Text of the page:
Type of Child Care Setting Is Associated with Child Care Constraints and Food Insecurity Among Families with Low-Incomes

Originally posted on Academic Pediatrics.



High quality child care positively affects long-term development in children and is a necessary support for parents who work or are in school. We assessed the association between child care setting and parents’ report of difficulties with ability to work and/or further their education (“child care constraints”) or material hardships among families with low incomes.


Cross-sectional data were analyzed from families in Minneapolis, MN with children aged six weeks to 48 months in child care from 2004-2017. Associations between child care setting (formal, informal relative, informal non-relative) and child care constraints or material hardships (household/child food insecurity, housing instability, energy instability) were examined.


Among 1,580 families, 73.8% used informal care. Child care subsidy and public assistance program participation were higher among families utilizing formal care. Compared to formal care, families using informal relative or non-relative care had 2.44 and 4.18 greater adjusted odds of child care constraints, respectively. Families with children in informal non-relative care had 1.51 greater adjusted odds of household food insecurity. There were no statistically significant associations between informal relative care and household or child food insecurity, and no associations between child care setting and housing instability or energy insecurity.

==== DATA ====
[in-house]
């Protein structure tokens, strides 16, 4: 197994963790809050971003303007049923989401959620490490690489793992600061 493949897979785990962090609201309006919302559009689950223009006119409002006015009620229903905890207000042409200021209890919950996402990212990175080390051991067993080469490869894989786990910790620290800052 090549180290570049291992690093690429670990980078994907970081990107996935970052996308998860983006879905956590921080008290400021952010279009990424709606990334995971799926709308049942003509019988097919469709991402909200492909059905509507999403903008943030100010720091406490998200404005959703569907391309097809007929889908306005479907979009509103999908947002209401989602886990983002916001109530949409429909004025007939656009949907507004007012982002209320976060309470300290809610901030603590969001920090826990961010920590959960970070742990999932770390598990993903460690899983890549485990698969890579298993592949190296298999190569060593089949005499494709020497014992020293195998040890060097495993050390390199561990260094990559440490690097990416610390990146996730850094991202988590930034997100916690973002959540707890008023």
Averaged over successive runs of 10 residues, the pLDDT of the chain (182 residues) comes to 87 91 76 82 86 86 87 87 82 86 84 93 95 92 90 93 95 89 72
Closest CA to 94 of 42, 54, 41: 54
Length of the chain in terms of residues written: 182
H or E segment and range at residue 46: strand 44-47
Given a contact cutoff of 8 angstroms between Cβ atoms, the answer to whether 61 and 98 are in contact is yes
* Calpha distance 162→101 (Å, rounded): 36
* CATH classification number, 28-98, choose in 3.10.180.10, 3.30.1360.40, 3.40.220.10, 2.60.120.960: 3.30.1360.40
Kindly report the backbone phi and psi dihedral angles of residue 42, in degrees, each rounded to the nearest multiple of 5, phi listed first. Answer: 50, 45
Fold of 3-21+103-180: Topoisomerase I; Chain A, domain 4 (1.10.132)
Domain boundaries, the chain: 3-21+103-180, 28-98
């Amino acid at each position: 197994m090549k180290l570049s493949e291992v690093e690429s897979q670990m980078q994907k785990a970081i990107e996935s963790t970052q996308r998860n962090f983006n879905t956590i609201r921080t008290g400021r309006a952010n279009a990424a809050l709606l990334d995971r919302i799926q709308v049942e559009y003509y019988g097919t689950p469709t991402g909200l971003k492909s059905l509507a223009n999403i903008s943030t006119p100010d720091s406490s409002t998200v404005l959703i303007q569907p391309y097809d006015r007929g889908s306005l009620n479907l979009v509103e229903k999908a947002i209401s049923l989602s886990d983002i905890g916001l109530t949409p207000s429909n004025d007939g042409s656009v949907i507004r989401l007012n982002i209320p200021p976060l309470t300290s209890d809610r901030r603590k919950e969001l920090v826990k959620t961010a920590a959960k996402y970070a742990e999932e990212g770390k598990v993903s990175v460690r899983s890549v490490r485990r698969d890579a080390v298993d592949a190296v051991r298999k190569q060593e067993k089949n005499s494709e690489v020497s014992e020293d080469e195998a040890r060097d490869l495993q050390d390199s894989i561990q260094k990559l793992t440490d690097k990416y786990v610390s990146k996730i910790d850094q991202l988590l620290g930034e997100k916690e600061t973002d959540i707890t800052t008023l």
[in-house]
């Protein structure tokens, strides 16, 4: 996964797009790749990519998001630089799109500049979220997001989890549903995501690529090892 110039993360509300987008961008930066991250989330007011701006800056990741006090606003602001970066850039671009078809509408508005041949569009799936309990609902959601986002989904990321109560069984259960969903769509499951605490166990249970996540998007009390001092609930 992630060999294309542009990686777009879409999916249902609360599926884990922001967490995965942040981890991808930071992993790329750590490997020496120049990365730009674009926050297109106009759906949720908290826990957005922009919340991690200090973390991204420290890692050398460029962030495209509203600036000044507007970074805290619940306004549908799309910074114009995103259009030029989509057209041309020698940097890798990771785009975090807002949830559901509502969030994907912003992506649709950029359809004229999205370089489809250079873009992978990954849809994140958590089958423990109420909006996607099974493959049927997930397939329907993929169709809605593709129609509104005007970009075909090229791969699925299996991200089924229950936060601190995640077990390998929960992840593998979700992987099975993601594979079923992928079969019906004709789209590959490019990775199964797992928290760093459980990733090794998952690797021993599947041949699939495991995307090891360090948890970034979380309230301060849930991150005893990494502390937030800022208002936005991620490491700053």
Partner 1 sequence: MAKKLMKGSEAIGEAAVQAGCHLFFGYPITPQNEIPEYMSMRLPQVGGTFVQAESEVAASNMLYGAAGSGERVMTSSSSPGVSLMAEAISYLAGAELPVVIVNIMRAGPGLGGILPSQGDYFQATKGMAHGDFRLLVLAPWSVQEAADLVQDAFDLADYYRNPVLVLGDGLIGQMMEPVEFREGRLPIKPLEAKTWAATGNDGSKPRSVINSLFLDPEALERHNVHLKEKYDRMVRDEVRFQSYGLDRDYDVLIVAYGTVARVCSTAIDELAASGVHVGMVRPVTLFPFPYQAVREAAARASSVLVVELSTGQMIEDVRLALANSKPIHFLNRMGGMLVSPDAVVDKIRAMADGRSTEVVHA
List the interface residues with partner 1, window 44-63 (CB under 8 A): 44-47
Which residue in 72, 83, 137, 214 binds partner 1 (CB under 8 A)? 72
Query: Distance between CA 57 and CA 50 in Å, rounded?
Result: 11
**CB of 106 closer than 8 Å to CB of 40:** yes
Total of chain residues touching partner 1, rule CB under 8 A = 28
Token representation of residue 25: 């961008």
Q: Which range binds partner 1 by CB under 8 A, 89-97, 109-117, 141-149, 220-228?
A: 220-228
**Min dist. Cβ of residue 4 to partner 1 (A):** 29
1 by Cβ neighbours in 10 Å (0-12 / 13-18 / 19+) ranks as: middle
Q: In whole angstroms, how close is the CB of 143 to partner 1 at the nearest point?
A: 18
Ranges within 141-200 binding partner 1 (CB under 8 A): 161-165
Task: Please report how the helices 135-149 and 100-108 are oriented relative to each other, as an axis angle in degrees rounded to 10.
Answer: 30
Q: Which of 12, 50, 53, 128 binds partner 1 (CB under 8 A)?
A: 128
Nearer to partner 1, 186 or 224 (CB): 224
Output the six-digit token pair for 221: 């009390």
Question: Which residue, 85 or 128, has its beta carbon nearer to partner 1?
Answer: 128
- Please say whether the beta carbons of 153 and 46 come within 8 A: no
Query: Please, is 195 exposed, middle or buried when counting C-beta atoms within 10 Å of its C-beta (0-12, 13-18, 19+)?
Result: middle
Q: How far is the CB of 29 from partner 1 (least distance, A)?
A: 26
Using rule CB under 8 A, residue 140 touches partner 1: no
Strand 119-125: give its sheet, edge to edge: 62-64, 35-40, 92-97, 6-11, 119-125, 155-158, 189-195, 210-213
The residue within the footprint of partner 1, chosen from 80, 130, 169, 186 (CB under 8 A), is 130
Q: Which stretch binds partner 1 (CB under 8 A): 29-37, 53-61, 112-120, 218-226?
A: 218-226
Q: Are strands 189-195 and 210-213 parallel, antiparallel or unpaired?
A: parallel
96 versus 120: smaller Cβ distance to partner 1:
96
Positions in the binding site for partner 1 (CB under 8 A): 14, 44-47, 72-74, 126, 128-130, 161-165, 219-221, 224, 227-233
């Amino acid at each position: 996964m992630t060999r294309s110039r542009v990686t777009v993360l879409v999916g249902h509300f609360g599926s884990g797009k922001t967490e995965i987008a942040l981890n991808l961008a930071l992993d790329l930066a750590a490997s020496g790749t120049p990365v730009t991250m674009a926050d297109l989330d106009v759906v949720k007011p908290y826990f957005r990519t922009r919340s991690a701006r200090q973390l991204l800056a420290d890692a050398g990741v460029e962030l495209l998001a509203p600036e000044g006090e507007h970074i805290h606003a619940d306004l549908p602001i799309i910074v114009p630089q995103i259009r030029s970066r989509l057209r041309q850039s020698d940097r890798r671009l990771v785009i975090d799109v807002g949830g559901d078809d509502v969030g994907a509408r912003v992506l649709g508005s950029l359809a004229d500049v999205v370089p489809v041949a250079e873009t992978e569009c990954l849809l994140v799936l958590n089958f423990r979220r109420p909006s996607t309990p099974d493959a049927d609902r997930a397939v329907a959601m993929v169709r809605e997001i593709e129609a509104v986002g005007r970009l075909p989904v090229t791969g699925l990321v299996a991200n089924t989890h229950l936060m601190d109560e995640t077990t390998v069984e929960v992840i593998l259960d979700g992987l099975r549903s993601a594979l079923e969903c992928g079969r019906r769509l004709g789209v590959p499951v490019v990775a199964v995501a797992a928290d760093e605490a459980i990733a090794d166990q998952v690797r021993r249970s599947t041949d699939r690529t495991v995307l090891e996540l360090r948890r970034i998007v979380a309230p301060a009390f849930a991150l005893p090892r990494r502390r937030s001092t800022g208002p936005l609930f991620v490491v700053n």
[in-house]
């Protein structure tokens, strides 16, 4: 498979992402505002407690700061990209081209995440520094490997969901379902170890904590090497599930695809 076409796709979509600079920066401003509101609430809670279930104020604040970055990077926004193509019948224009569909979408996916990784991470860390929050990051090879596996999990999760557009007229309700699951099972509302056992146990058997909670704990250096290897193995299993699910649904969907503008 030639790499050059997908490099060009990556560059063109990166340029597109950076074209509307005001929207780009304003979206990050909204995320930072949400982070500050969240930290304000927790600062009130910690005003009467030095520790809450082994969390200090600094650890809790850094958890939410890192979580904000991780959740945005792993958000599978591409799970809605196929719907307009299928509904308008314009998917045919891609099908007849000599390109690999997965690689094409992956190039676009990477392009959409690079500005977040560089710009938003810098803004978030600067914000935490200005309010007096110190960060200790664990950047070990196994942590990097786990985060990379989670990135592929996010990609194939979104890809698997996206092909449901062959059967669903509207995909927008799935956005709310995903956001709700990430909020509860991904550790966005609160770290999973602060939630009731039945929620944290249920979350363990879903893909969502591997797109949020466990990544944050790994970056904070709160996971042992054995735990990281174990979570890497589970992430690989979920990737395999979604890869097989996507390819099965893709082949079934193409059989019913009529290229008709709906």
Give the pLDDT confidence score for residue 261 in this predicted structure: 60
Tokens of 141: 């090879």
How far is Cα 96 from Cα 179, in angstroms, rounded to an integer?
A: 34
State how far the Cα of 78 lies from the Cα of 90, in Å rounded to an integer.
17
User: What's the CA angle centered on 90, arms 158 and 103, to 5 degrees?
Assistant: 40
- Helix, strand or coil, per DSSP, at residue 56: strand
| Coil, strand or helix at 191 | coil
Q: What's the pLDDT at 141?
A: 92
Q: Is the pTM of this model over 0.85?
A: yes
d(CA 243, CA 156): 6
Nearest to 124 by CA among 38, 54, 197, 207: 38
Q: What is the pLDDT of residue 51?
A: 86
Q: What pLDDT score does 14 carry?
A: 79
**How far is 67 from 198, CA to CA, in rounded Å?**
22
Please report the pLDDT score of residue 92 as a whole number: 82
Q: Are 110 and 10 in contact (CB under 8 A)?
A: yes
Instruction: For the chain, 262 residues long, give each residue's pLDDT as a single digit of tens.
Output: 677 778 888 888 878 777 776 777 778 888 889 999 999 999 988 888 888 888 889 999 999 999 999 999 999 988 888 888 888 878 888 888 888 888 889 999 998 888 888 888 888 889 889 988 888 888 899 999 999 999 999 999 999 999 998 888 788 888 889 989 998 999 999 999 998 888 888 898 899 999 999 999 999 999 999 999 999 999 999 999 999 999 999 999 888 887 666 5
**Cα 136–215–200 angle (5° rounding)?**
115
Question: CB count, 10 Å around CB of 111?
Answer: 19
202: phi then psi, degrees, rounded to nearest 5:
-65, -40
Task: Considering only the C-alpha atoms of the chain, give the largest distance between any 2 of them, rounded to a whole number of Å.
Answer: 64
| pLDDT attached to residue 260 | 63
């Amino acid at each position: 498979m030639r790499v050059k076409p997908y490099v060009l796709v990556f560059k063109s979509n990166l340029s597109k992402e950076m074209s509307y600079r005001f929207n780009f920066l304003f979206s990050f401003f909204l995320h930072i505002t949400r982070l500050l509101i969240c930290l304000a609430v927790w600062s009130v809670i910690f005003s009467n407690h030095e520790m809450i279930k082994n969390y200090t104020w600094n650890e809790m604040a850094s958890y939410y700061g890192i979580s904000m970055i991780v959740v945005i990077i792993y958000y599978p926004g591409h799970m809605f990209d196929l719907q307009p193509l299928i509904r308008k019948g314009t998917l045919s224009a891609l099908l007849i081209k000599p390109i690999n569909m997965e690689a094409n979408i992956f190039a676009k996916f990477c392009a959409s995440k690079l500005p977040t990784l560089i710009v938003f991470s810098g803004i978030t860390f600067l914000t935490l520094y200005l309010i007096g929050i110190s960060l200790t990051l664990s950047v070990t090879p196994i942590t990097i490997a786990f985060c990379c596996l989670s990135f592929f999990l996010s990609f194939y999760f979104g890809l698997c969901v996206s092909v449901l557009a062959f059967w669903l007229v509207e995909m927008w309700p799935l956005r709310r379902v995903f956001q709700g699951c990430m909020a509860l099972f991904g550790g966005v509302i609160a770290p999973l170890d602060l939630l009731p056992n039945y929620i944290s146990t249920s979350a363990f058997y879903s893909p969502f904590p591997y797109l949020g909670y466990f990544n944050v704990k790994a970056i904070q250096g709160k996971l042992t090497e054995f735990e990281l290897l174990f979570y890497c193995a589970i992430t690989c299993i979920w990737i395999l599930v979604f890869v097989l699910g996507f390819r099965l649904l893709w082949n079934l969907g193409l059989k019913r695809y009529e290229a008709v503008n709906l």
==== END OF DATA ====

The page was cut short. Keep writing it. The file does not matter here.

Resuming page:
Informal care settings – relative and non-relative – were associated with child care constraints, and informal non-relative care with household food insecurity. Investment to expand equitable access to affordable, high-quality child care is necessary to enable parents to pursue desired employment and education and reduce food insecurity.